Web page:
Wyoming Senator Mike Enzi sits on the Senate Finance Committee, and tomorrow, he and his colleagues may be hearing from a lot of women. First Lady Michelle Obama has challenged women to speak up about health care reform, pointing out that women are the primary decision-makers about health care, and they carry the heavier economic burden, too.
Researcher and department director Susan Wood at George Washington University has studied womens health care issues and lays out the facts: about 20% of women under the age of 65 have no insurance. In some states, they're denied coverage if they've experienced domestic violence, and when women do have coverage, they're charged higher premiums and often see a long list of pre-existing conditions that are excluded, with pregnancy sometimes on that list. Wood comments.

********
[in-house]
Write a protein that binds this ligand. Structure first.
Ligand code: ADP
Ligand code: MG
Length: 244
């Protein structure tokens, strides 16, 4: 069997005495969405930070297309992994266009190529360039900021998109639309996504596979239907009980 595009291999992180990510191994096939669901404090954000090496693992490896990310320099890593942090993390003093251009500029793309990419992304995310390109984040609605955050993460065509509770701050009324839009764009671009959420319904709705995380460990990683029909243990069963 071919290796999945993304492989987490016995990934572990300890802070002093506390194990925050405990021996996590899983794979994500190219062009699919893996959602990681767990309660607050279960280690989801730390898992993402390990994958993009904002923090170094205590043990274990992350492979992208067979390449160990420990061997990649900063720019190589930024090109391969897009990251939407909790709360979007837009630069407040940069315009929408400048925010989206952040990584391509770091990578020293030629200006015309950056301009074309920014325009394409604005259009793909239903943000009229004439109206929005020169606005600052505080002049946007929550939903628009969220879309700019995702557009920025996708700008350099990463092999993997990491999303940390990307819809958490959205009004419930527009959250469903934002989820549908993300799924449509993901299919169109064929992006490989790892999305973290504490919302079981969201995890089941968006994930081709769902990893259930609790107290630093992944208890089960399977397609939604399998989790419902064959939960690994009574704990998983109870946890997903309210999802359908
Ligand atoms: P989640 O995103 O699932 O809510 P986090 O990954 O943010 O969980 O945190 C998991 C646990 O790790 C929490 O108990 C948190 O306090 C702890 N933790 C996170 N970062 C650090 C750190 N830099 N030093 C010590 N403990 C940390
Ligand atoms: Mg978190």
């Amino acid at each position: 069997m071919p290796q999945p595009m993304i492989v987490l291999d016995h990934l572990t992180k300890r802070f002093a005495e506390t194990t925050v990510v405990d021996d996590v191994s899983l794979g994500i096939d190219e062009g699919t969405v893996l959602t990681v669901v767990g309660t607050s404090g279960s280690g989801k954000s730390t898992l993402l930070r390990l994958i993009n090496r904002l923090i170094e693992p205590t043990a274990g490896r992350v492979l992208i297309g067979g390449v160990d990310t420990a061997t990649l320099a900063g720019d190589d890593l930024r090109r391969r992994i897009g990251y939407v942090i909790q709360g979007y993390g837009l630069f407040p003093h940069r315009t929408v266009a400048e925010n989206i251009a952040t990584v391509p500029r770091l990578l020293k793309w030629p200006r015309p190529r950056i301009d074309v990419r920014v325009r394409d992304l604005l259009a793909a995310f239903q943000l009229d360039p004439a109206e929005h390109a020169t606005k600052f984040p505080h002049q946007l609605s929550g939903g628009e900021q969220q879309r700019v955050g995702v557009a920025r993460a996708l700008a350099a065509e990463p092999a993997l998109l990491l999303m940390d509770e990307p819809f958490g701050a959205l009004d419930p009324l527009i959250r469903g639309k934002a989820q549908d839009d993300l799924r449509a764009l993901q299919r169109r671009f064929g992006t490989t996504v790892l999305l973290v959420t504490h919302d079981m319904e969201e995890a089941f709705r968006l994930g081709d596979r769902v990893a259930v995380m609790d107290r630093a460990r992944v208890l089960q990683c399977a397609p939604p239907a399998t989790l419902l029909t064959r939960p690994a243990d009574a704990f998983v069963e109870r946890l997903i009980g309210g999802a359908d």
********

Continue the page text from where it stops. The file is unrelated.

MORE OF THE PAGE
Wood likes the idea of "well woman" visits for primary and reproductive care for all women through all stages of life. She says right now, that kind of care is rarely available, and rarely covered by private insurance.
Wood says a lack of stable, quality and affordable health care during the reproductive years can be connected to chronic diseases later in life, such as cardiovascular disease and diabetes. Her research shows those two conditions in women, together, cost more than $200 billion a year in direct medical expenses.